Target CB6F1 splenocytes were harvested from naïve CB6F1, purified as described above and labelled with either 5 µM (high) or 0.25 µM (low) CFSE followed by 3 washes with lymphocyte medium. CFSEhigh labeled cells were loaded with KdM282–90 at desired concentration and CFSElow labeled cells were loaded with 10−6 M Kd–binding influenza virus A/Puerto Rico/8/34 NP147–155 (TYQRTRALV) peptide as internal control. CFSEhigh and CFSElow target cells were washed 3 times and mixed at 1∶1 ratio. Activated effector CD8+ T cells were isolated from TRBV13-1 and TRBV13-2 mice that were intraperitoneal injected 3 days earlier with 1×107 PFU RSV A2. Effector cells were purified using a CD8+ T cell isolation kit (Miltenyi) for untouched isolation, counted and mixed with target cells at different effector to target (E∶T) ratios and incubated at 37°C. After 4 hours incubation, cells were washed twice in flow buffer and fixed with 3% paraformaldehyde. CFSEhigh and CFSElow labeled cells were counted by flow cytometry and specific cell lysis was calculated using the following formula: % specific lysis = [1-(ratioX/ratio control)] × 100 where ratioX is CFSEhigh/CFSElow in each sample and ratio control is CFSEhigh/CFSElow of control target cells that were incubated without effector cells.
Adoptive transfers of TCR Tg CD8+ T cells and RSV infection
CD8+ T cell transgenic T cells were isolated from TRBV13-1 or TRBV13-2 mice using a CD8+ T cell isolation kit (Miltenyi) for untouched isolation, and labeled with 5 µM CFSE prior to intravenous (iv) transfer into recipient BALB/c mice. 5×106 cells were transferred iv into each recipient one day prior to intranasal (in) infection with 2×106 PFU of RSV A2 generated as previously described . Four days after infection, mediastinal lymph nodes (MLN) were isolated to assess proliferation of the transferred CD8+ T cells. The percent of the original population that divided was calculated using the proliferation analysis module within the Flowjo software.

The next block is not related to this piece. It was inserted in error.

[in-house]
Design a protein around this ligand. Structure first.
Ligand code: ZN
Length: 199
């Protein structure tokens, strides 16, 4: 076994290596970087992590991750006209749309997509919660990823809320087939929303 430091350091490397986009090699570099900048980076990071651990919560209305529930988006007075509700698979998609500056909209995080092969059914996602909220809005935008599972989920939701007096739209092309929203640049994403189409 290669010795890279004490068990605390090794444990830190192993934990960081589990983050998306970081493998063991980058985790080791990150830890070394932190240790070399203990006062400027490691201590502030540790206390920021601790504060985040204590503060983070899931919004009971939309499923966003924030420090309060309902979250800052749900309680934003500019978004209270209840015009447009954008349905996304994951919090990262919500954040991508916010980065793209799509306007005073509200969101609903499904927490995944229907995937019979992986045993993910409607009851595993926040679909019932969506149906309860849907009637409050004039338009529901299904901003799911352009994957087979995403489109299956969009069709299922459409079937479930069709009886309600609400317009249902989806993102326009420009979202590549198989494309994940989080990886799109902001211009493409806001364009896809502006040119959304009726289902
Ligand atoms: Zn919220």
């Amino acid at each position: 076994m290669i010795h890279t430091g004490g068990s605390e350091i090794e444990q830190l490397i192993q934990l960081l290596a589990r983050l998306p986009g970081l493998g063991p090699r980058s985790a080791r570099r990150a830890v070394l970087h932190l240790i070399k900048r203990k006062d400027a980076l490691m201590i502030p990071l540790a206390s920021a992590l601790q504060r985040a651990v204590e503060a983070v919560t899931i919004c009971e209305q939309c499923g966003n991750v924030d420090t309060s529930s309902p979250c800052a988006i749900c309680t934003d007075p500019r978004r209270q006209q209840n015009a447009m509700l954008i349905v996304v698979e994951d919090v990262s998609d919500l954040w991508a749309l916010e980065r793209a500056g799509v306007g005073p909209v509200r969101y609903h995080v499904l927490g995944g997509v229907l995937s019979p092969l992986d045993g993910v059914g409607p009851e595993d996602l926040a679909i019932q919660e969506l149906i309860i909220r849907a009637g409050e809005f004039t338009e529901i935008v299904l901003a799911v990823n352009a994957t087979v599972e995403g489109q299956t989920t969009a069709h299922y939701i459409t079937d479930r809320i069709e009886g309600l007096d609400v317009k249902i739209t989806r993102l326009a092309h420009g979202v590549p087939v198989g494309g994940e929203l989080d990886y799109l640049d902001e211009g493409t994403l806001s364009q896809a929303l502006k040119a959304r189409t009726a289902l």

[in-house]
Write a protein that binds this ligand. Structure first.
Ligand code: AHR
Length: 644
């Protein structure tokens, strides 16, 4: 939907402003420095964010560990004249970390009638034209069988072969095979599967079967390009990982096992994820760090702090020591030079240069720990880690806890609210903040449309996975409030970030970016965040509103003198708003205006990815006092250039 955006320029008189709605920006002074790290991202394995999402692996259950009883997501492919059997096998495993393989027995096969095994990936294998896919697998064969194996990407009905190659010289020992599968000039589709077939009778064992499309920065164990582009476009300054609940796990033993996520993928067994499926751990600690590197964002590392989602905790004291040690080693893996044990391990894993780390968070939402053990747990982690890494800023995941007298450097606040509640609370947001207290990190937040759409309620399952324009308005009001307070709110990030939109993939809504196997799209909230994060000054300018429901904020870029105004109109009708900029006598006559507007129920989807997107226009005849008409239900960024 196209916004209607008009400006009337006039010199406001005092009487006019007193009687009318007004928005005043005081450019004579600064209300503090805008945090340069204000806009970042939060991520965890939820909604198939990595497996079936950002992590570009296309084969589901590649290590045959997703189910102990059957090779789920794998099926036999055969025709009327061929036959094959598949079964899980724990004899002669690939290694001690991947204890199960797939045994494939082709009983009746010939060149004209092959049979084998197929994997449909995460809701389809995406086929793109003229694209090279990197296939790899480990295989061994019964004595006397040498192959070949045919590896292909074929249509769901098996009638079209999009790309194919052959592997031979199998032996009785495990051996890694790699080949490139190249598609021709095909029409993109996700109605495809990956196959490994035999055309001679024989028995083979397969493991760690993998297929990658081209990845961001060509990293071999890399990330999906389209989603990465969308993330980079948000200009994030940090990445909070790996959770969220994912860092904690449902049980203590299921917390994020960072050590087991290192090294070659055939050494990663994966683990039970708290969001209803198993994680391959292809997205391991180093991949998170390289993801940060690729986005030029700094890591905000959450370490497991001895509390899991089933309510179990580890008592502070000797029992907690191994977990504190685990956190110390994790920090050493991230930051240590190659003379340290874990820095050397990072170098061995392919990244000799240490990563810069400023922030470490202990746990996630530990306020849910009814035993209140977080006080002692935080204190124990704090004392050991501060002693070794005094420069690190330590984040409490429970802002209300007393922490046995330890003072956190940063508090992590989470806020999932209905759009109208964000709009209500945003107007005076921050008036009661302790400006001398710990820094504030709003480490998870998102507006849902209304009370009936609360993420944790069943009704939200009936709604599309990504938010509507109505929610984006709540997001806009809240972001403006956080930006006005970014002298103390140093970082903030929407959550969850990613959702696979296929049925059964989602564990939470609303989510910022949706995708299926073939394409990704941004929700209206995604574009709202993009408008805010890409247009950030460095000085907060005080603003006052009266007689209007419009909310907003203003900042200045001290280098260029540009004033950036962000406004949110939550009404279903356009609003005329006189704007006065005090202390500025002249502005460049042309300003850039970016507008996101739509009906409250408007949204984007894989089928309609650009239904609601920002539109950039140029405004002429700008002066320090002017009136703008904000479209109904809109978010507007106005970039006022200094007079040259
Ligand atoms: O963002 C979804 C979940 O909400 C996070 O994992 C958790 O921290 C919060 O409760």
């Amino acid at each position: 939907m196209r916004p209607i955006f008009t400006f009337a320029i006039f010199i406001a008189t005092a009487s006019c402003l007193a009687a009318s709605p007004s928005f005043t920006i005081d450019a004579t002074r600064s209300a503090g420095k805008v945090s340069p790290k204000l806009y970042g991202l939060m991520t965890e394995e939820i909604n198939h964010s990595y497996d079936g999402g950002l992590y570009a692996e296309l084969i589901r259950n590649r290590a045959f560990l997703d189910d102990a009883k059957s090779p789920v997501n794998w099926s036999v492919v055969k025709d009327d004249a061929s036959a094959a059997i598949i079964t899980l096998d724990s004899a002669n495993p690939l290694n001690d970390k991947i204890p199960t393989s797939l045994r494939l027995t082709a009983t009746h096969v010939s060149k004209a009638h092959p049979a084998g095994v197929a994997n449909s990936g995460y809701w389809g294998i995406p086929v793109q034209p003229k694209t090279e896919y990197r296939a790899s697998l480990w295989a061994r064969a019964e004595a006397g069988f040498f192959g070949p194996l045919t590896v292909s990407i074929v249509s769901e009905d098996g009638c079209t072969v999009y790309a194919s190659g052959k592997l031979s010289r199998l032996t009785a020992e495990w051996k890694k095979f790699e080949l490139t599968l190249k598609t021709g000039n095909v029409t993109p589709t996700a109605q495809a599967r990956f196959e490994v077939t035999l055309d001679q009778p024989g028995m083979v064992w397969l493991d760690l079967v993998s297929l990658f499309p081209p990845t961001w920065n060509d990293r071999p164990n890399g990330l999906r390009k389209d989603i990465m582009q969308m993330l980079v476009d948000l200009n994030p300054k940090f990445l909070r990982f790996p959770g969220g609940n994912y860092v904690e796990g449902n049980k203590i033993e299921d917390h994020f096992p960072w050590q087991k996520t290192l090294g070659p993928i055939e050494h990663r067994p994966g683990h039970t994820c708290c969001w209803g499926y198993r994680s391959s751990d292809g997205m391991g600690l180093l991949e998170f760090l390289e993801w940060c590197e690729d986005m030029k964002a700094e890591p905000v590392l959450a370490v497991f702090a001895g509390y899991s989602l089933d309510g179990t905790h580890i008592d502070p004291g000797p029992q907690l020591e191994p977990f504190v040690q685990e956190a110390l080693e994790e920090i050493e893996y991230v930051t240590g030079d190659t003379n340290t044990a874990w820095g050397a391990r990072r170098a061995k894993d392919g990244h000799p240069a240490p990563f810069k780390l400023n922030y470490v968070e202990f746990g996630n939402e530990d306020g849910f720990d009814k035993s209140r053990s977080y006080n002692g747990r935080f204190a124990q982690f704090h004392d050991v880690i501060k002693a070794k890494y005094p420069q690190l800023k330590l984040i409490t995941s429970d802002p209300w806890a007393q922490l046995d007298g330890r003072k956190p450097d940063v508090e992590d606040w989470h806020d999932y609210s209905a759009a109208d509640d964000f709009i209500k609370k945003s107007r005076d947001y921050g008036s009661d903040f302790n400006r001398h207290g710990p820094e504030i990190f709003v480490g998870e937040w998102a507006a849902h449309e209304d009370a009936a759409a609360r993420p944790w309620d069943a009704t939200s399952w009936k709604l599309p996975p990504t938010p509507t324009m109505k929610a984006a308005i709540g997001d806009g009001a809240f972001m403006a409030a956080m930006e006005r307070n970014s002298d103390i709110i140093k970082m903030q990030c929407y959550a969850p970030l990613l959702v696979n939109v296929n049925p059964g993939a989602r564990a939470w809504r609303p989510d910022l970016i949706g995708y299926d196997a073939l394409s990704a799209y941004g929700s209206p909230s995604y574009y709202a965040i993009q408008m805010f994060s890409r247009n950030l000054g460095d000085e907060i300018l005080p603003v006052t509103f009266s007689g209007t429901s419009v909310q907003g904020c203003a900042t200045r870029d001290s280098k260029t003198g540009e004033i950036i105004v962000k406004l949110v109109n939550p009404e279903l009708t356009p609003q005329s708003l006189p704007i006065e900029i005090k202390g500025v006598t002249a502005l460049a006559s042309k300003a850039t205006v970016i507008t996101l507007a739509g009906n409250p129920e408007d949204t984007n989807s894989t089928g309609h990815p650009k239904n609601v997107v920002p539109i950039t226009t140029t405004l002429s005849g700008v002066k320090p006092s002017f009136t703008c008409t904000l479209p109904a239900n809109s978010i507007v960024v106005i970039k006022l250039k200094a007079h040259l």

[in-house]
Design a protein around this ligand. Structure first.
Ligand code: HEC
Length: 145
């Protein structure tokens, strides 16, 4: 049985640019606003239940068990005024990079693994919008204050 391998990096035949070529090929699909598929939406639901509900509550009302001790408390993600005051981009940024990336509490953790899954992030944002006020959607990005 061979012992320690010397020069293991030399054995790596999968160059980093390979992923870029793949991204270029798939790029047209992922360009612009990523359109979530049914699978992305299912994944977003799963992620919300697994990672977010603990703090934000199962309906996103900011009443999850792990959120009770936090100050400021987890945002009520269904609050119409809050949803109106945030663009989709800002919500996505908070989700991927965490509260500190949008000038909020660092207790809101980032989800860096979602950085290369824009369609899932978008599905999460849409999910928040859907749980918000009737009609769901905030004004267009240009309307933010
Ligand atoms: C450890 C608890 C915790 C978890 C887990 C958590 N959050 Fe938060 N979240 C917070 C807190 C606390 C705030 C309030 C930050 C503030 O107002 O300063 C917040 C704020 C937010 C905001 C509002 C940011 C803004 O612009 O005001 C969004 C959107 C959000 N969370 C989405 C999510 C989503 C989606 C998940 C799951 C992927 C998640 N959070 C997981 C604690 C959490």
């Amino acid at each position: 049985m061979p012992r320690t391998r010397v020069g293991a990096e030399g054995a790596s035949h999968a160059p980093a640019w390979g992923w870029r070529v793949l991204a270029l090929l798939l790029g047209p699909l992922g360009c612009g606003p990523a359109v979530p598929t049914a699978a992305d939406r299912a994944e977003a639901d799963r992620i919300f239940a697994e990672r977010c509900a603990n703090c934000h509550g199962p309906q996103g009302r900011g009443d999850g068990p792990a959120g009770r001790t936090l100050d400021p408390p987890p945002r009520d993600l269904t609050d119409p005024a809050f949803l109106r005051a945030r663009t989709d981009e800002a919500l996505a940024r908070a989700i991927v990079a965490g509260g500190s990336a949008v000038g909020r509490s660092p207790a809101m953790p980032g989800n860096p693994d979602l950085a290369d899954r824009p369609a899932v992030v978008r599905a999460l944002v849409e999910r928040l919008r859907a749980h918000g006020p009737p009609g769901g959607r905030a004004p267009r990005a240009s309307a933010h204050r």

Tetramer dilution/TCR affinity assay
Single-cell suspensions of splenocytes were stained with serially-diluted concentrations of PE-conjugated tetramers specific for KdM282–90. All washing and staining procedures were performed in flow buffer. The highest tetramer concentration was defined as the minimal concentration that resulted in complete staining and separation of TCR Tg cells. The splenocytes were stained with 1∶2 serially diluted tetramers, and Mean Fluorescence intensity (MFI) was determined using FlowJo software.
Secreted cytokine analysis
Splenocytes from the TCR Tg mice were stimulated as described above for 3 days. Supernatants were collected and immediately frozen. Frozen samples were shipped to Aushon Biosystems (Billerica, MA) for multiplex cytokine analysis.
Statistical analysis was performed using one-way or two-way analysis of variance (ANOVA) and recommended post-tests in GraphPad Prism version 5.00 for Windows, GraphPad Software, San Diego California, USA, www.graphpad.com.